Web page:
​Celebrate Flag Day with the Story Behind an American Institution

Child-holding-american-flag

On June 14th, it’s time to celebrate Flag Day here in the United States once again. That’s the anniversary of the day we officially adopted the stars and stripes as the banner of our country.

Unlike President’s Day or Martin Luther King Day, Flag Day isn’t recognized as a federal holiday. However, many patriotic people choose to plan a celebration regardless, and rightly so.

What’s the real story behind Flag Day? Why do we celebrate it, and what are some appropriate ways to honor the occasion, if we wish? Let’s take a closer look at the significance of the day, as well as some great ideas to honor it.
 

The Origins of the American Flag and Its Meaning

These days, it’s hard to picture an image more symbolic of American patriotism than the United States flag, waving majestically in the breeze. However, the stars and stripes weren’t necessarily synonymous with patriotism when our flag first came into existence in 1777.

When the Second Continental Congress passed the Flag Resolution in June, 1777, the Continental Army at the Middlebrook encampment became the first place to raise the flag later that month.

Naturally, people were patriotic during the days of the American Revolution, but they also regarded the flag as a piece of military equipment at the time. Like other flags, it identified the troops, as well as serving to communicate messages to other officers.

Early flag-makers like Betsy Ross hardly understood the long-lasting impact of their work. They simply thought of themselves as seamstresses supplying essential military goods for the nascent country.

The red, white and blue didn’t transition into symbolic territory until the Civil War era. That’s when the flag went from being a simple way to mark military camps, ships and federal territories to becoming something meaningful for the average American citizen.


small-house-with-american-flag
 

The Beginnings of Flag Day

Although the birth of the official American flag happened in 1777, the actual proposal of a bona fide holiday happened much later. A 19-year-old teacher named Bernard J. CiGrand actually invented Flag Day in 1885 when he walked into his Wisconsin schoolhouse one day and stuck a small American flag in an inkwell, challenging his students to compose an essay on its meaning. He also spent the next half century supporting the idea of making Flag Day an official national holiday.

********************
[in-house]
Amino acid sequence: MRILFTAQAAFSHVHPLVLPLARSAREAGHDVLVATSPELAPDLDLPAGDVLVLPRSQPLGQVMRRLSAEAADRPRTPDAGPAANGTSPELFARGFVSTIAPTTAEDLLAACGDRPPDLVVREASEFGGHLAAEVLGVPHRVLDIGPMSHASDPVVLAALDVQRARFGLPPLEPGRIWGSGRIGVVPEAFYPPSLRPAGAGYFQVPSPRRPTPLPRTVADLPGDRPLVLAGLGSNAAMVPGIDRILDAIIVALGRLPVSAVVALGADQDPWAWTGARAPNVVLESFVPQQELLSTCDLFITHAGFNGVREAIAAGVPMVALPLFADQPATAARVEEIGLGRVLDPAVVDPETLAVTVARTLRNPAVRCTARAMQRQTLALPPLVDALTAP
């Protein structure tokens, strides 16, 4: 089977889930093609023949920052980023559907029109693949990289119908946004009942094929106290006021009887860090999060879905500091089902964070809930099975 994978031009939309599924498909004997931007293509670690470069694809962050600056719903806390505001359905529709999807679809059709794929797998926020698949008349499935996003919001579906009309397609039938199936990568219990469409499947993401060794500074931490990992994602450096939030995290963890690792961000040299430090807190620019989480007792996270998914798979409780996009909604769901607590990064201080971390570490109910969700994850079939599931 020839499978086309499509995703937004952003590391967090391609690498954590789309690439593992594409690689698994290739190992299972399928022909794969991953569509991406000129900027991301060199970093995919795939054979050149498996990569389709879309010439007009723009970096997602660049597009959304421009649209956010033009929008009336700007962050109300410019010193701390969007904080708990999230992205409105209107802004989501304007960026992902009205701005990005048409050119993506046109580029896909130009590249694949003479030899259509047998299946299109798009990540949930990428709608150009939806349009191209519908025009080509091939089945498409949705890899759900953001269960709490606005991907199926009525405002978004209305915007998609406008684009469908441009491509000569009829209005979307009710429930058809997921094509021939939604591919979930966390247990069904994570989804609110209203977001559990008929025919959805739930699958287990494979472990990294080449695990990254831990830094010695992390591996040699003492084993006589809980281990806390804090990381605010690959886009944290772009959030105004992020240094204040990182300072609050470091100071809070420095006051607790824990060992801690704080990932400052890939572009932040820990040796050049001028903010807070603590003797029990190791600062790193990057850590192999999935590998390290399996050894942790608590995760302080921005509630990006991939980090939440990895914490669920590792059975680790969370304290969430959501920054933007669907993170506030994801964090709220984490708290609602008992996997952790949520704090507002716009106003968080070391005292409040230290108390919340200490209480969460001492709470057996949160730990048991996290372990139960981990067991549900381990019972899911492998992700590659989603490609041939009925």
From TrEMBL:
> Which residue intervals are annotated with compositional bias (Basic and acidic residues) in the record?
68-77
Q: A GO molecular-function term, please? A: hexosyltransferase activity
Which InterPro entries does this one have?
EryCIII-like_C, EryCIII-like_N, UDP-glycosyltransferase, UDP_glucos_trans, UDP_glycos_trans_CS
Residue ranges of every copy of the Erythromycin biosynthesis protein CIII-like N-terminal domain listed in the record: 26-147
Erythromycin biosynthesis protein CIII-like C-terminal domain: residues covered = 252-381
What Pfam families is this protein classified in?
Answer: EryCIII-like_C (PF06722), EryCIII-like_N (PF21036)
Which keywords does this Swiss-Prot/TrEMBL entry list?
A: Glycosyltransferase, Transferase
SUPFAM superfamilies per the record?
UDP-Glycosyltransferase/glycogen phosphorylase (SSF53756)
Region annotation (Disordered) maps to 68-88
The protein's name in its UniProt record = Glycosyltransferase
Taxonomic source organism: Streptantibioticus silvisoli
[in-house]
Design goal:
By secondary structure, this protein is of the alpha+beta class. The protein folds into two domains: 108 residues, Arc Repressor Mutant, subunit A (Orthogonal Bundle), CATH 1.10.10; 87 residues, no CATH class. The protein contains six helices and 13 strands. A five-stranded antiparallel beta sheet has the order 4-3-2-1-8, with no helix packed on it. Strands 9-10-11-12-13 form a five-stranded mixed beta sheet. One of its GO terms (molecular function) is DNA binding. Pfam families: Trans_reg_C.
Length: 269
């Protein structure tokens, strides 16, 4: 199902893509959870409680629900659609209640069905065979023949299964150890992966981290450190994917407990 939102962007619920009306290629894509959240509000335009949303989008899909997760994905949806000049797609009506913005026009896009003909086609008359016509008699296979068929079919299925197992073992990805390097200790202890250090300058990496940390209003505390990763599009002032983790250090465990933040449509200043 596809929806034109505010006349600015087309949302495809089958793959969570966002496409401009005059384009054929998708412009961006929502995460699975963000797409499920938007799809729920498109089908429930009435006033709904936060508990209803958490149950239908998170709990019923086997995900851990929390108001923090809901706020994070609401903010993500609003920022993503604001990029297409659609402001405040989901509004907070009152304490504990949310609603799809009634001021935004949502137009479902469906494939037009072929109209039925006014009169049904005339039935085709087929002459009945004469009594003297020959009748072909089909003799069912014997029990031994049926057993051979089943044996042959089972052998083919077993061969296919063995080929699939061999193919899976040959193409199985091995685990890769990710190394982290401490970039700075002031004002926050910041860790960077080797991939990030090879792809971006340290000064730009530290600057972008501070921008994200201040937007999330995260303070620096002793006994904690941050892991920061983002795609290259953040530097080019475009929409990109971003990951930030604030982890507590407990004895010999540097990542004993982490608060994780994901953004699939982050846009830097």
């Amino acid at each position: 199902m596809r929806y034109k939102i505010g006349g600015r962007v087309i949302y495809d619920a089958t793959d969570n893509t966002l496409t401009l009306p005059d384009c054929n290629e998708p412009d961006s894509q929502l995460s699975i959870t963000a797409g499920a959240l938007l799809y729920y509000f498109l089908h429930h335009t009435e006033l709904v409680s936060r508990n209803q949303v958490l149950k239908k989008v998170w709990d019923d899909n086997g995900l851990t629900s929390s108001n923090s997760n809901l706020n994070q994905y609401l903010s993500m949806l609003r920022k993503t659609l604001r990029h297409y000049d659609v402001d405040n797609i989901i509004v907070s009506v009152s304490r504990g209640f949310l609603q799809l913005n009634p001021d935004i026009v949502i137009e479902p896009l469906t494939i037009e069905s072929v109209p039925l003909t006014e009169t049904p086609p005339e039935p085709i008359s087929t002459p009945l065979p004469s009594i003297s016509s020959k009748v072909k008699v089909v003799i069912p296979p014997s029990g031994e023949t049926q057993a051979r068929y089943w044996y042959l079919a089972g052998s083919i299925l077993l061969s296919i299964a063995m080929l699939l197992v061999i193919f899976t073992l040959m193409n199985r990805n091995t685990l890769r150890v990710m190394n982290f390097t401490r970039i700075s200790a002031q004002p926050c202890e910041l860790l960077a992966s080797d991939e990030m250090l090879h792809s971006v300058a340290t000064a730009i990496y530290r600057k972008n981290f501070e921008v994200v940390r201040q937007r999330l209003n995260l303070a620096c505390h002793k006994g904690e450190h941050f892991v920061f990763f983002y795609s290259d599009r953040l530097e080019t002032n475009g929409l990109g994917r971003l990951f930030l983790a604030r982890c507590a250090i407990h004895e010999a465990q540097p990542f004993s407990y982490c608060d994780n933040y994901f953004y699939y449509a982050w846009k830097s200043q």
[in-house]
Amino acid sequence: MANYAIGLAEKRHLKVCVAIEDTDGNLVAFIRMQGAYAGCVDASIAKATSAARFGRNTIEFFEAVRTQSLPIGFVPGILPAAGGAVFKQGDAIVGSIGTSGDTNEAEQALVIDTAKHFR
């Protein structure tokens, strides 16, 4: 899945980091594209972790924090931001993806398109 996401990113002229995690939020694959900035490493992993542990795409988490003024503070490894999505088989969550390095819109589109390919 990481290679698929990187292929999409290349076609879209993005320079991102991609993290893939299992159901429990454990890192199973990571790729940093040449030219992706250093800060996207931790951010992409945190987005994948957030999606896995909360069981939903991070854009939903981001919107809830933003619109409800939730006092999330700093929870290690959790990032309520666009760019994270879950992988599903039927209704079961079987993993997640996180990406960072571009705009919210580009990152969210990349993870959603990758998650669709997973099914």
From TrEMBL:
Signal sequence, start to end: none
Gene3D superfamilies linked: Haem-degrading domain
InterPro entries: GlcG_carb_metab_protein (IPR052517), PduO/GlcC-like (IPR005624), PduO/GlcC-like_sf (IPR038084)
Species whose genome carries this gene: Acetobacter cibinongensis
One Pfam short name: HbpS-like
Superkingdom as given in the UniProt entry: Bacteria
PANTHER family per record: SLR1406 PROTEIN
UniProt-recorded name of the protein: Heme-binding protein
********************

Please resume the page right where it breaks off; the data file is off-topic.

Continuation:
In 1916, President Woodrow Wilson made a statement recognizing Flag Day on June 14th, but Congress didn’t make things official until 1949. Unfortunately, CiGrand didn’t live to see the victory, having died of a heart attack 17 years earlier.

Every year, we celebrate Flag Day on June 14th, the day Congress officially recognized it as our nation’s banner. At the time, though, Flag Day wasn’t a terribly big deal. In fact, the issue of the flag was the fifth most important issue on the agenda that day!



Family-holding-american-flags

 

Celebrating Flag Day Today

This year, take some time out of your busy schedule to celebrate and honor the American flag. The following are just a few suggestions to consider.

Display the Flag
Taking care to follow appropriate flag etiquette, fly your own American flag outside your home or business and show your love of country. You can also display additional flags or themed decorations inside your home. Have your children help you and explain the importance of Flag Day as you decorate together.

Plan a Gathering
Why wait for Independence Day to throw a summer party? Celebrate life, liberty and brotherhood a little early this year. Light up the grill, put some beer on ice and invite your neighbors or acquaintances over to celebrate with you.

Learn More
Reading up on various aspects of American history is another great way to honor the legacy of the American flag. Learn more about major events like the American Revolution or the Civil War. Honor the flag’s origins  by researching military history as well.

At the end of the day, occasions like Flag Day exist as a reminder of what’s really important about life in America. Plan your own meaningful celebration this year and make this June 14th a day to remember!
Posted: 6/5/2017 12:00:00 AM| with 0 comments


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